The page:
Our Street 1829:
We are located on Fitzpatrick Street in Old Town Key West. Never heard of it? Well you're about to get a lot of future trivia knowledge on why our street is so important to Key West.
On a side note, it is one of the only streets in Key West that is still paved in the original brick, which definitely means it is instagram worthy!
Richard Fitzpatrick played a vital role in the economic and political life when he came to Key West in 1822 at the age of thirty. Fitzpatrick immediately became one of the foremost citizens of the small town. When William AdeeWhitehead finished surveying the island and laying out the town in February, 1829, streets were named after friends and relations of the original proprietors. Fitzpatrick was the only prominent citizen of Key West after which a street was named.
Why was he so well known? He was the only authorized auctioneer of all the wrecked property brought to Key West ,and held a variety of other governmental positions in the 1820's. He was Clerk of the County Court in 1827 and was foreman of the Monroe County Grand Jury and member of the first Town Council of Key West to name only a few of his political standings during his early years in Key West.
Outside of his tertiary roles in the Key West powerstructure, Fitzpatrick owned the a wrecking boat named the Eagle. While we do not know any specifics about the sloop Eagle during the time of its ownership by Fitzpatrick, we have more information about Fitzpatrick's subsequent ownership of another wrecking boat; by at least 1834, Fitzpatrick had become the owner of the schooner Florida of Key West. In the subsequent fiscal year in 1835, the schooner Florida had a huge success, when she received two-fifths of the value of the salvage of the brig Sea Drift. Wrecks such as the Sea Drift were what later made Key West the richest city per capita in the United States. Of the salvage worth over $50,000, Fitzpatrick and the Florida received $20,600. Even after giving the crew their share, Fitzpatrick had certainly realized quite a profit.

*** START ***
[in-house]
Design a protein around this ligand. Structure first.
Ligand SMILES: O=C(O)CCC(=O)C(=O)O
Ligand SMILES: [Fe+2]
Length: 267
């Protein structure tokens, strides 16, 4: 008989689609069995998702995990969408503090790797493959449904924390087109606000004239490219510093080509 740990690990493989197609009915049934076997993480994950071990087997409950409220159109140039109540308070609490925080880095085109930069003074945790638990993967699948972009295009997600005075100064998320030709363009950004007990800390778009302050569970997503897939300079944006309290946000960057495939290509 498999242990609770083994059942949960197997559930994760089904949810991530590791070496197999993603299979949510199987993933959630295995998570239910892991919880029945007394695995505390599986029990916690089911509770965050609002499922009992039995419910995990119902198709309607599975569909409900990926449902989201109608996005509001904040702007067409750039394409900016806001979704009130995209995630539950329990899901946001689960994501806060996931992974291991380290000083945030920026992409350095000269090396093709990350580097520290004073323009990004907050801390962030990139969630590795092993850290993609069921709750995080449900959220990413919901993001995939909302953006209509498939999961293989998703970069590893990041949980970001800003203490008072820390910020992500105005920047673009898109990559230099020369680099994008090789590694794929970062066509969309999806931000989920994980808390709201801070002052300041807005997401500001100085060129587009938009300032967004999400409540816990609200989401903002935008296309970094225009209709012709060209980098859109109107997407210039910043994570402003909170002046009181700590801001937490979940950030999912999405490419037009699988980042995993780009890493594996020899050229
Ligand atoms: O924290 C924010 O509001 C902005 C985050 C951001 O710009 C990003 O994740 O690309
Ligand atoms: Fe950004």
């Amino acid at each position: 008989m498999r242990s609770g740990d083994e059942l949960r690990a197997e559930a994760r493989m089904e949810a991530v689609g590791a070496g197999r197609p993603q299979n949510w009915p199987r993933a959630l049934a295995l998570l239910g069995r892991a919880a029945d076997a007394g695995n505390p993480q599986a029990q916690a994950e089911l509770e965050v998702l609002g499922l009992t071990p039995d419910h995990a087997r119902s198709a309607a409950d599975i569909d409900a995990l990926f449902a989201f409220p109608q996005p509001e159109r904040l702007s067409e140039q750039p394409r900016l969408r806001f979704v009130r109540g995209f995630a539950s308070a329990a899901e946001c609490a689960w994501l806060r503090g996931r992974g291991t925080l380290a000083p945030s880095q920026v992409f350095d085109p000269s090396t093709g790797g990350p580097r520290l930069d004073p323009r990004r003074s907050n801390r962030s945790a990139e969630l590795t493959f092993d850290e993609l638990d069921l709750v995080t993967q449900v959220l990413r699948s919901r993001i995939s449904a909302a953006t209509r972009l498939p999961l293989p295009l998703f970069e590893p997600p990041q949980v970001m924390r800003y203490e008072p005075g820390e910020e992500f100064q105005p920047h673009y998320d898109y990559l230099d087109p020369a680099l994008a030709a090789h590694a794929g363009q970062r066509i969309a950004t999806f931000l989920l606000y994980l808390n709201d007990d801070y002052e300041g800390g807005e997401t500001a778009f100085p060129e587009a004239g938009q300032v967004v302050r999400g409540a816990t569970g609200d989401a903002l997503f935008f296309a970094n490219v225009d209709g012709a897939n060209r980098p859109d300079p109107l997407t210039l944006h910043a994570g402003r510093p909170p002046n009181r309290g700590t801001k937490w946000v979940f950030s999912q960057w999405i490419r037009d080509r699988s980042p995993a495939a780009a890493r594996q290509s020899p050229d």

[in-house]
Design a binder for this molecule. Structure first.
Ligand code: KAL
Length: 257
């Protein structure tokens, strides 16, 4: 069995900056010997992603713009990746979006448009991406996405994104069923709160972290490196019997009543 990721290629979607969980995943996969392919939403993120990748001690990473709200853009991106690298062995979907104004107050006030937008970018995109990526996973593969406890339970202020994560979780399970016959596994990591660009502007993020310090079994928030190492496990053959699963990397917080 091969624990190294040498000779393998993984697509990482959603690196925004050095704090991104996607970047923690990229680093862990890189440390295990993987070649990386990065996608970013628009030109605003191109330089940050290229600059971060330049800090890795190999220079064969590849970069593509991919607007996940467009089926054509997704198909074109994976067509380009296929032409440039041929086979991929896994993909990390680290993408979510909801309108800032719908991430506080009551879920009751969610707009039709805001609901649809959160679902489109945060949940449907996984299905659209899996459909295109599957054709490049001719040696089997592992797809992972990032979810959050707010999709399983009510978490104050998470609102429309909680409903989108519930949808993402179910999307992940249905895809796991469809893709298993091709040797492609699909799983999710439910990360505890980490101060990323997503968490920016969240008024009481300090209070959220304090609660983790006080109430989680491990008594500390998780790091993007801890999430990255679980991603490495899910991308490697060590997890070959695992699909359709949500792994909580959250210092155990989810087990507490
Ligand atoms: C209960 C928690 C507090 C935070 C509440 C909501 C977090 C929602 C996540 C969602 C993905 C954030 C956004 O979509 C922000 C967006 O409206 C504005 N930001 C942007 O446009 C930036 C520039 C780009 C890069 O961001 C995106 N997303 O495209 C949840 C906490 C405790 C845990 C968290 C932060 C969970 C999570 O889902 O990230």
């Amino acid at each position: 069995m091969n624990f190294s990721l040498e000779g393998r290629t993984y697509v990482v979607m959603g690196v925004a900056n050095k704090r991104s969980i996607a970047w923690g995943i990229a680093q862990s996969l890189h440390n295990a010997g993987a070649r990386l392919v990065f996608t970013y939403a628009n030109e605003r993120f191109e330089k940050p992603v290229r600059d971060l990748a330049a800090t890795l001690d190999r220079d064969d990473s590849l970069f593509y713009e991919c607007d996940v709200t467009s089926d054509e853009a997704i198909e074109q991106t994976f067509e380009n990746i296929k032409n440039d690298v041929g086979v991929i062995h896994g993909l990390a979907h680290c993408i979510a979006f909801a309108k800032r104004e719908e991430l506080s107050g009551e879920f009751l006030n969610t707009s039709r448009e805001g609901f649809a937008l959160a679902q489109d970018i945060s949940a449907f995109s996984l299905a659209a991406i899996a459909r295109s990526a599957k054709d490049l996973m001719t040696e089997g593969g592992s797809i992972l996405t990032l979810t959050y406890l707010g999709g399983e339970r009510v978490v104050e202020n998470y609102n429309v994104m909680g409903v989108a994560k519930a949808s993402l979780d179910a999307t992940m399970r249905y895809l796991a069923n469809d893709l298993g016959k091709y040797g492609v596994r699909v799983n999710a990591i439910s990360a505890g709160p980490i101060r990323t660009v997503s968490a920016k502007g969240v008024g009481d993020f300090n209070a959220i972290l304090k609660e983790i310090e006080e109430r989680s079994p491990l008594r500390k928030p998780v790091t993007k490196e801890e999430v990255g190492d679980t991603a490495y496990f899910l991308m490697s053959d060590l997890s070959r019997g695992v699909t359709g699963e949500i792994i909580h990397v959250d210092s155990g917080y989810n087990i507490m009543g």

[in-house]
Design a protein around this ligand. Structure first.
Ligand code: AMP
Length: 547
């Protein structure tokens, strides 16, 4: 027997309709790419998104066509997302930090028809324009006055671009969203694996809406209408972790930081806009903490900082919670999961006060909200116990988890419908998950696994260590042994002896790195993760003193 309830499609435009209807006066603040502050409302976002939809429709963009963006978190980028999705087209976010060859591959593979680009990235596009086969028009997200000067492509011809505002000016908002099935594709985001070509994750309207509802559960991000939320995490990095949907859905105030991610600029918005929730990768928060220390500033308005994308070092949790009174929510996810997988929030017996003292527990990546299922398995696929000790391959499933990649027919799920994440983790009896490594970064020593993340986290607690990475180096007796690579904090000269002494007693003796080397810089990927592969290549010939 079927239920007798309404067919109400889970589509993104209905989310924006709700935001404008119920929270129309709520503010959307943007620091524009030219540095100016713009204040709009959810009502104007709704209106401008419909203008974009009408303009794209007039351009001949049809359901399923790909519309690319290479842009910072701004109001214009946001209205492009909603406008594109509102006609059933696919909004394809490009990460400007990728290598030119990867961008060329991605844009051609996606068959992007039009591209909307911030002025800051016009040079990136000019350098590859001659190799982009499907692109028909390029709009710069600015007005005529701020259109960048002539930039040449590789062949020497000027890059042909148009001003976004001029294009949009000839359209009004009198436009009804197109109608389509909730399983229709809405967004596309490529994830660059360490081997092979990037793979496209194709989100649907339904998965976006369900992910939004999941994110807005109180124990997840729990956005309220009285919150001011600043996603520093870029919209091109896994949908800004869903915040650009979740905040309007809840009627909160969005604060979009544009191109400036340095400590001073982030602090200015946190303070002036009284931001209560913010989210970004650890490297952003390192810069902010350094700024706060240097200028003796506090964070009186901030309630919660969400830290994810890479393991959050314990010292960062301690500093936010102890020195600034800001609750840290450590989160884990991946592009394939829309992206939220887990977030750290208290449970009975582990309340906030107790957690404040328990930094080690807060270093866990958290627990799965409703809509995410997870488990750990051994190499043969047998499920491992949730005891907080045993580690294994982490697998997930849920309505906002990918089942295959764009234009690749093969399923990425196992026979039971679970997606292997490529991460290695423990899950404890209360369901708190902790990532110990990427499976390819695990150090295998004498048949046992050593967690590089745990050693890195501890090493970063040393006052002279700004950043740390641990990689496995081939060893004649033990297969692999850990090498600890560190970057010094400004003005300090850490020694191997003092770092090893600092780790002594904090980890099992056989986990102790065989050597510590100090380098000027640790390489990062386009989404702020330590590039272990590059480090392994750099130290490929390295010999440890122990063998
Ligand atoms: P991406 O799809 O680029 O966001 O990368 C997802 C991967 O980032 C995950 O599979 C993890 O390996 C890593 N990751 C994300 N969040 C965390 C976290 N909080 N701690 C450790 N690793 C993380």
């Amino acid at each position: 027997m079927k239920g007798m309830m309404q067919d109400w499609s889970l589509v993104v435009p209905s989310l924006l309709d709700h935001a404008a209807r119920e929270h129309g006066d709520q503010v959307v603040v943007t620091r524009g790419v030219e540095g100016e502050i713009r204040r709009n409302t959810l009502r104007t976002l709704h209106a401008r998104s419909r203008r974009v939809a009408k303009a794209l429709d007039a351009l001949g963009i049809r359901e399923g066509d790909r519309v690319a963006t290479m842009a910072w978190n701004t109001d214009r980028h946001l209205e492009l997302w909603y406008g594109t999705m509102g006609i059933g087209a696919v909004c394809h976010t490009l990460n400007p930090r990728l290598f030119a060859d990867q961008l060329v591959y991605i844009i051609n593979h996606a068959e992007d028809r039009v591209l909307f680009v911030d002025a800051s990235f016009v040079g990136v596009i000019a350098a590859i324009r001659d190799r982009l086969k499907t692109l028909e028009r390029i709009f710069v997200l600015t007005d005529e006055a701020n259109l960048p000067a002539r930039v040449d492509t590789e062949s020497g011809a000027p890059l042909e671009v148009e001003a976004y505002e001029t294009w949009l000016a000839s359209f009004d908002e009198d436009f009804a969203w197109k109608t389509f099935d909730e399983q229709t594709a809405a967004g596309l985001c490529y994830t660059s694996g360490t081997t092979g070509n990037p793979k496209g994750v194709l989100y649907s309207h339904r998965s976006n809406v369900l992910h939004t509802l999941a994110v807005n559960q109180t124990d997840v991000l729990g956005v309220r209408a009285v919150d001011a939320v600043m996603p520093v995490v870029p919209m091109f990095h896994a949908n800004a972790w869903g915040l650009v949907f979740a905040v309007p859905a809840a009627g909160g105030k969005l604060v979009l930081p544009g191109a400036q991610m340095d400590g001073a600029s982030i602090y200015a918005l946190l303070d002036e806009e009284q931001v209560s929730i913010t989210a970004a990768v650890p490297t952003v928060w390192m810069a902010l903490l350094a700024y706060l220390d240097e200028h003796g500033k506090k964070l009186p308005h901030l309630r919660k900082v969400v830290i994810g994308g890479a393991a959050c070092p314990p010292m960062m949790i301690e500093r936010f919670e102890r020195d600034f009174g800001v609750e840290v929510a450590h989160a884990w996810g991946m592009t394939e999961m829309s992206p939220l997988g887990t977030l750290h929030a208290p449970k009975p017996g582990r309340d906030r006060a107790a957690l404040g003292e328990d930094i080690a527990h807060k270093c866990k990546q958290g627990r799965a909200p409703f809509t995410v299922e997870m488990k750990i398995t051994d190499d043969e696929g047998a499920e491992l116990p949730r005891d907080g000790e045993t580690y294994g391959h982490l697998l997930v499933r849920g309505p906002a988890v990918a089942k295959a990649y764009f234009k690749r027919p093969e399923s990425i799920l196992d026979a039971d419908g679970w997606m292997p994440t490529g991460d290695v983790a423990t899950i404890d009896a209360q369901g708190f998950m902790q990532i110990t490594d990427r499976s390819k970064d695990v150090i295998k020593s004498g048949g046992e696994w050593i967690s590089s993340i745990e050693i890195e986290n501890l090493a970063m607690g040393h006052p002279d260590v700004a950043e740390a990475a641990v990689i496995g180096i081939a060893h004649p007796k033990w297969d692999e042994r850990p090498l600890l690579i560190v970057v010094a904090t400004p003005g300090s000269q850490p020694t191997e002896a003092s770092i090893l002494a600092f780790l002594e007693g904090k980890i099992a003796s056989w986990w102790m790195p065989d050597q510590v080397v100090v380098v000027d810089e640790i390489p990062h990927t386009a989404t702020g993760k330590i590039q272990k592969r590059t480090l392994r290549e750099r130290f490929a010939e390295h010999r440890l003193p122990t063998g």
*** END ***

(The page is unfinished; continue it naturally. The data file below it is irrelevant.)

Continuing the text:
By 1830, Fitzpatrick decided to broaden his economic activities beyond the wrecking business to attempt salt-making. He leased an interest in the Whitehead portion of the Key West ponds. From the first days of Key West, according to Jefferson Browne who authored the book Key West: The Old and the New, "the original proprietors and first settlers of Key West considered the manufacture of salt as the most probable means of making it known in the commercial world." With his popularity growing because of his saltmaking activity, Fitzpatrick ran for Florida's Legislative Council in 1830. Fitzpatrick's election to the territory's Legislative Council in 1830 was the beginning of one of the most extraordinary legislative careers of any legislator in Florida's Territorial period. Only a few other men were as influential, and very few matched Fitzpatrick's record of election victories. Fitzpatrick served as the Representative from Monroe from 1830-1832 and again from 1835-1836 and two reigns as Dade's Representative as well.
One interesting piece of legislature Fitzpatrick worked on involved passing a bill to overturn the 1829 law which had made duelling illegal. Fitzpatrick was the Chairman of the committee which reported the pro-duelling bill to the floor, and his one affirmative vote proved crucial in the 8-7 vote passing the bill! No need to worry though, this is no longer a legal form of upholding honor. We recommend buying your nemesis a beer because according to chemistry, alcohol is a solution!
Our Building 1957: